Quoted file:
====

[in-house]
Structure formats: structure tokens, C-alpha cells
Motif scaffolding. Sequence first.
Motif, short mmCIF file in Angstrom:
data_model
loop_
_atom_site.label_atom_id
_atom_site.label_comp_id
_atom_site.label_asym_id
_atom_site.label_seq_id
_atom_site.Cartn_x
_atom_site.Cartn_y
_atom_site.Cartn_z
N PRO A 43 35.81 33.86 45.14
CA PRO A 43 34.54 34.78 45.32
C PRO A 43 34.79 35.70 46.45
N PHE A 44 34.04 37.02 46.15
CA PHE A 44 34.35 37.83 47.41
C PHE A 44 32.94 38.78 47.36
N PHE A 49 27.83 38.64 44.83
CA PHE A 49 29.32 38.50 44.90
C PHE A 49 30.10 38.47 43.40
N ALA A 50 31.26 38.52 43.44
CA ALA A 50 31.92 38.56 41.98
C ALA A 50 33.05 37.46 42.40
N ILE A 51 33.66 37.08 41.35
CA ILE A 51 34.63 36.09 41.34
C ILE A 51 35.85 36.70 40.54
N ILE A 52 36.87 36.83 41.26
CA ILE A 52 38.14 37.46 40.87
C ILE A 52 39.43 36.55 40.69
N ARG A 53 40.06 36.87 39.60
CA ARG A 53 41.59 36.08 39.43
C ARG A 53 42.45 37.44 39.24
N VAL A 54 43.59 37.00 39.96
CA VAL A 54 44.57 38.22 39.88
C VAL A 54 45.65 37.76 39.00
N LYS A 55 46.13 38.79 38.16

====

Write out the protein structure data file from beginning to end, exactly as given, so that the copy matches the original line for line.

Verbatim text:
[in-house]
Structure formats: structure tokens, C-alpha cells
Motif scaffolding. Sequence first.
Motif, short mmCIF file in Angstrom:
data_model
loop_
_atom_site.label_atom_id
_atom_site.label_comp_id
_atom_site.label_asym_id
_atom_site.label_seq_id
_atom_site.Cartn_x
_atom_site.Cartn_y
_atom_site.Cartn_z
N PRO A 43 35.81 33.86 45.14
CA PRO A 43 34.54 34.78 45.32
C PRO A 43 34.79 35.70 46.45
N PHE A 44 34.04 37.02 46.15
CA PHE A 44 34.35 37.83 47.41
C PHE A 44 32.94 38.78 47.36
N PHE A 49 27.83 38.64 44.83
CA PHE A 49 29.32 38.50 44.90
C PHE A 49 30.10 38.47 43.40
N ALA A 50 31.26 38.52 43.44
CA ALA A 50 31.92 38.56 41.98
C ALA A 50 33.05 37.46 42.40
N ILE A 51 33.66 37.08 41.35
CA ILE A 51 34.63 36.09 41.34
C ILE A 51 35.85 36.70 40.54
N ILE A 52 36.87 36.83 41.26
CA ILE A 52 38.14 37.46 40.87
C ILE A 52 39.43 36.55 40.69
N ARG A 53 40.06 36.87 39.60
CA ARG A 53 41.59 36.08 39.43
C ARG A 53 42.45 37.44 39.24
N VAL A 54 43.59 37.00 39.96
CA VAL A 54 44.57 38.22 39.88
C VAL A 54 45.65 37.76 39.00
N LYS A 55 46.13 38.79 38.16